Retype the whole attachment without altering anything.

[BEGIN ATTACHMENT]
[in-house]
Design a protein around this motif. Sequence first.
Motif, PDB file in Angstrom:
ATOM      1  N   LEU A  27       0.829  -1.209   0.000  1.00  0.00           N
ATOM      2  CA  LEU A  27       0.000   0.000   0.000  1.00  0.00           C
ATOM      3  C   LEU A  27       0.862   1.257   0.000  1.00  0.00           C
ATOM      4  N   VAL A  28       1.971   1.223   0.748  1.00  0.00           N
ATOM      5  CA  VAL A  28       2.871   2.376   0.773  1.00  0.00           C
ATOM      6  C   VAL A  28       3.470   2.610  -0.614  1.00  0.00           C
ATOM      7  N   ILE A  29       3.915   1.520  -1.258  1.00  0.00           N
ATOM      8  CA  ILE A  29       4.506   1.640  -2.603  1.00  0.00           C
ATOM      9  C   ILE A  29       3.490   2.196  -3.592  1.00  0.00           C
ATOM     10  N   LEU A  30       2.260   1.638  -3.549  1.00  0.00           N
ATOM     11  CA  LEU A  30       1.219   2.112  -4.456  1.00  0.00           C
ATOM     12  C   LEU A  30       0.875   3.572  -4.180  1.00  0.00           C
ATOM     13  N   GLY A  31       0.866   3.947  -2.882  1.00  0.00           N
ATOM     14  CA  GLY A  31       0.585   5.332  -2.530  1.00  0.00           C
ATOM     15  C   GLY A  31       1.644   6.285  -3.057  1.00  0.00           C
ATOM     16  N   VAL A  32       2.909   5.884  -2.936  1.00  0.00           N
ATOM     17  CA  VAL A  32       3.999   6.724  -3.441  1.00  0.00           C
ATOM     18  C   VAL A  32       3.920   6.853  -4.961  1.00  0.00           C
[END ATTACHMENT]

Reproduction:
[in-house]
Design a protein around this motif. Sequence first.
Motif, PDB file in Angstrom:
ATOM      1  N   LEU A  27       0.829  -1.209   0.000  1.00  0.00           N
ATOM      2  CA  LEU A  27       0.000   0.000   0.000  1.00  0.00           C
ATOM      3  C   LEU A  27       0.862   1.257   0.000  1.00  0.00           C
ATOM      4  N   VAL A  28       1.971   1.223   0.748  1.00  0.00           N
ATOM      5  CA  VAL A  28       2.871   2.376   0.773  1.00  0.00           C
ATOM      6  C   VAL A  28       3.470   2.610  -0.614  1.00  0.00           C
ATOM      7  N   ILE A  29       3.915   1.520  -1.258  1.00  0.00           N
ATOM      8  CA  ILE A  29       4.506   1.640  -2.603  1.00  0.00           C
ATOM      9  C   ILE A  29       3.490   2.196  -3.592  1.00  0.00           C
ATOM     10  N   LEU A  30       2.260   1.638  -3.549  1.00  0.00           N
ATOM     11  CA  LEU A  30       1.219   2.112  -4.456  1.00  0.00           C
ATOM     12  C   LEU A  30       0.875   3.572  -4.180  1.00  0.00           C
ATOM     13  N   GLY A  31       0.866   3.947  -2.882  1.00  0.00           N
ATOM     14  CA  GLY A  31       0.585   5.332  -2.530  1.00  0.00           C
ATOM     15  C   GLY A  31       1.644   6.285  -3.057  1.00  0.00           C
ATOM     16  N   VAL A  32       2.909   5.884  -2.936  1.00  0.00           N
ATOM     17  CA  VAL A  32       3.999   6.724  -3.441  1.00  0.00           C
ATOM     18  C   VAL A  32       3.920   6.853  -4.961  1.00  0.00           C